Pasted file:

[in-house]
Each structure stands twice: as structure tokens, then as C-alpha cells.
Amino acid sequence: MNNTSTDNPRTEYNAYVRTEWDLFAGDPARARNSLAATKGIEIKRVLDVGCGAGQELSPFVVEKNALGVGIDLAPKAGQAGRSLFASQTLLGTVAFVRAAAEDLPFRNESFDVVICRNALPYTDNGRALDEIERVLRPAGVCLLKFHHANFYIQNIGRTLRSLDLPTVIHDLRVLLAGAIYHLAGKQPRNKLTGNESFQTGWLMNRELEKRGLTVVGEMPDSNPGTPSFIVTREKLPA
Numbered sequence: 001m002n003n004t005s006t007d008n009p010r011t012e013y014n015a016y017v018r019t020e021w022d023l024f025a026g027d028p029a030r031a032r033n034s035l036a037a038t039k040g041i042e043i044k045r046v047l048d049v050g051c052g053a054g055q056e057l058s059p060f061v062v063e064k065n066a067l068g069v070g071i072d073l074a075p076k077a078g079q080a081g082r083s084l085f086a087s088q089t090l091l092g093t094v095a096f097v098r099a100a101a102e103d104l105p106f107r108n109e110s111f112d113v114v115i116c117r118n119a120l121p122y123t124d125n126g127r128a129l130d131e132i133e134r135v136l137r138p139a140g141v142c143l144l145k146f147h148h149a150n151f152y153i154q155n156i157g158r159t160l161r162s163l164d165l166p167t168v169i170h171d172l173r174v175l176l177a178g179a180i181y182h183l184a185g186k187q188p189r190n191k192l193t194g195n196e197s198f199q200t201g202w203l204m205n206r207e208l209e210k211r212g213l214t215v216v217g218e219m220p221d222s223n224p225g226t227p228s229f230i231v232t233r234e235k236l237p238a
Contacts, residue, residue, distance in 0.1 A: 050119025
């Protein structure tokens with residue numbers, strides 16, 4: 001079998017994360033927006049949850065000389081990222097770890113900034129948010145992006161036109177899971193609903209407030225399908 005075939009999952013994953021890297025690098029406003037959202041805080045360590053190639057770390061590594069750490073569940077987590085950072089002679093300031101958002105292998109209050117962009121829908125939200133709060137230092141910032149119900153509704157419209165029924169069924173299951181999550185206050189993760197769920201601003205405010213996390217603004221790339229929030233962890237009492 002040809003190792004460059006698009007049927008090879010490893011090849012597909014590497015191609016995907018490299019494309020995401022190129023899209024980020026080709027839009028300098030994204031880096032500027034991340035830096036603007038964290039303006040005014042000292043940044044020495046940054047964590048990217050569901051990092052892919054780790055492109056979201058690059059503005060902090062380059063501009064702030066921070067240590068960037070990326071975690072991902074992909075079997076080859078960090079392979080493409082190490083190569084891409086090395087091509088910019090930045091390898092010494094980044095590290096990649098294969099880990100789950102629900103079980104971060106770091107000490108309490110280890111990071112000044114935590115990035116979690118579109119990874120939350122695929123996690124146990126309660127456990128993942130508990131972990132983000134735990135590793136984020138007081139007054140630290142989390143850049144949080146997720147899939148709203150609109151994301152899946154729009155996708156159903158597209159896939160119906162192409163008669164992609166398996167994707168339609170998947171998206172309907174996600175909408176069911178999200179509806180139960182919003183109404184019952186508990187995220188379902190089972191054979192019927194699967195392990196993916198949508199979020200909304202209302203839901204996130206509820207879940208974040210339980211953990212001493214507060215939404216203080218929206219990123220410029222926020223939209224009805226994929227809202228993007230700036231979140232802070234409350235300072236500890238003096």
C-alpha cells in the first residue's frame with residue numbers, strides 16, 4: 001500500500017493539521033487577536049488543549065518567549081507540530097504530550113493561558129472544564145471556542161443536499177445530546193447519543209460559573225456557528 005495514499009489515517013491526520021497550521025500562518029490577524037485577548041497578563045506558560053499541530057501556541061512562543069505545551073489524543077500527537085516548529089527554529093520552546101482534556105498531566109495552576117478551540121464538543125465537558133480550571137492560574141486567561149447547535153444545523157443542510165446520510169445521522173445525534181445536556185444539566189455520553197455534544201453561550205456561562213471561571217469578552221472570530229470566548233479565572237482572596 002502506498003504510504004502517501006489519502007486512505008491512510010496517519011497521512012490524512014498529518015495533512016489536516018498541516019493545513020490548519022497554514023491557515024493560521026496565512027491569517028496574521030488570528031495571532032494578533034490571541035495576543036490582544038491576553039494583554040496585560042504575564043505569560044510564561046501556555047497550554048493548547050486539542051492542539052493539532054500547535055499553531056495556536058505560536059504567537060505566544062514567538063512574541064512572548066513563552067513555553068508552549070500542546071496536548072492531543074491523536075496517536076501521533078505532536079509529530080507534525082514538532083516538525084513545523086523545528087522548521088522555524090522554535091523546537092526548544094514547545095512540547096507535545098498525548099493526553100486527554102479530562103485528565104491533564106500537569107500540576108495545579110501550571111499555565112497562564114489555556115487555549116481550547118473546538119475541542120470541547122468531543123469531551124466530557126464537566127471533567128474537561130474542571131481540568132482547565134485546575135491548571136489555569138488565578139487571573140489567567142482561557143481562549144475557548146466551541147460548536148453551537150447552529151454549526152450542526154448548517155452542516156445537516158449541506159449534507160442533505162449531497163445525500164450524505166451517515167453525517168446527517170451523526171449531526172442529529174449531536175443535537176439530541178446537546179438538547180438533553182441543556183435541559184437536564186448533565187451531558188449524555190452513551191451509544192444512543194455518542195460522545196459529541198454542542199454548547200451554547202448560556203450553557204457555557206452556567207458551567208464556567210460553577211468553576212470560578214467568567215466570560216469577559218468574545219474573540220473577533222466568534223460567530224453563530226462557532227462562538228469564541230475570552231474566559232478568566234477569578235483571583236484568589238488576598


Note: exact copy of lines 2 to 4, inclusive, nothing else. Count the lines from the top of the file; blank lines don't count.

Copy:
Each structure stands twice: as structure tokens, then as C-alpha cells.
Amino acid sequence: MNNTSTDNPRTEYNAYVRTEWDLFAGDPARARNSLAATKGIEIKRVLDVGCGAGQELSPFVVEKNALGVGIDLAPKAGQAGRSLFASQTLLGTVAFVRAAAEDLPFRNESFDVVICRNALPYTDNGRALDEIERVLRPAGVCLLKFHHANFYIQNIGRTLRSLDLPTVIHDLRVLLAGAIYHLAGKQPRNKLTGNESFQTGWLMNRELEKRGLTVVGEMPDSNPGTPSFIVTREKLPA
Numbered sequence: 001m002n003n004t005s006t007d008n009p010r011t012e013y014n015a016y017v018r019t020e021w022d023l024f025a026g027d028p029a030r031a032r033n034s035l036a037a038t039k040g041i042e043i044k045r046v047l048d049v050g051c052g053a054g055q056e057l058s059p060f061v062v063e064k065n066a067l068g069v070g071i072d073l074a075p076k077a078g079q080a081g082r083s084l085f086a087s088q089t090l091l092g093t094v095a096f097v098r099a100a101a102e103d104l105p106f107r108n109e110s111f112d113v114v115i116c117r118n119a120l121p122y123t124d125n126g127r128a129l130d131e132i133e134r135v136l137r138p139a140g141v142c143l144l145k146f147h148h149a150n151f152y153i154q155n156i157g158r159t160l161r162s163l164d165l166p167t168v169i170h171d172l173r174v175l176l177a178g179a180i181y182h183l184a185g186k187q188p189r190n191k192l193t194g195n196e197s198f199q200t201g202w203l204m205n206r207e208l209e210k211r212g213l214t215v216v217g218e219m220p221d222s223n224p225g226t227p228s229f230i231v232t233r234e235k236l237p238a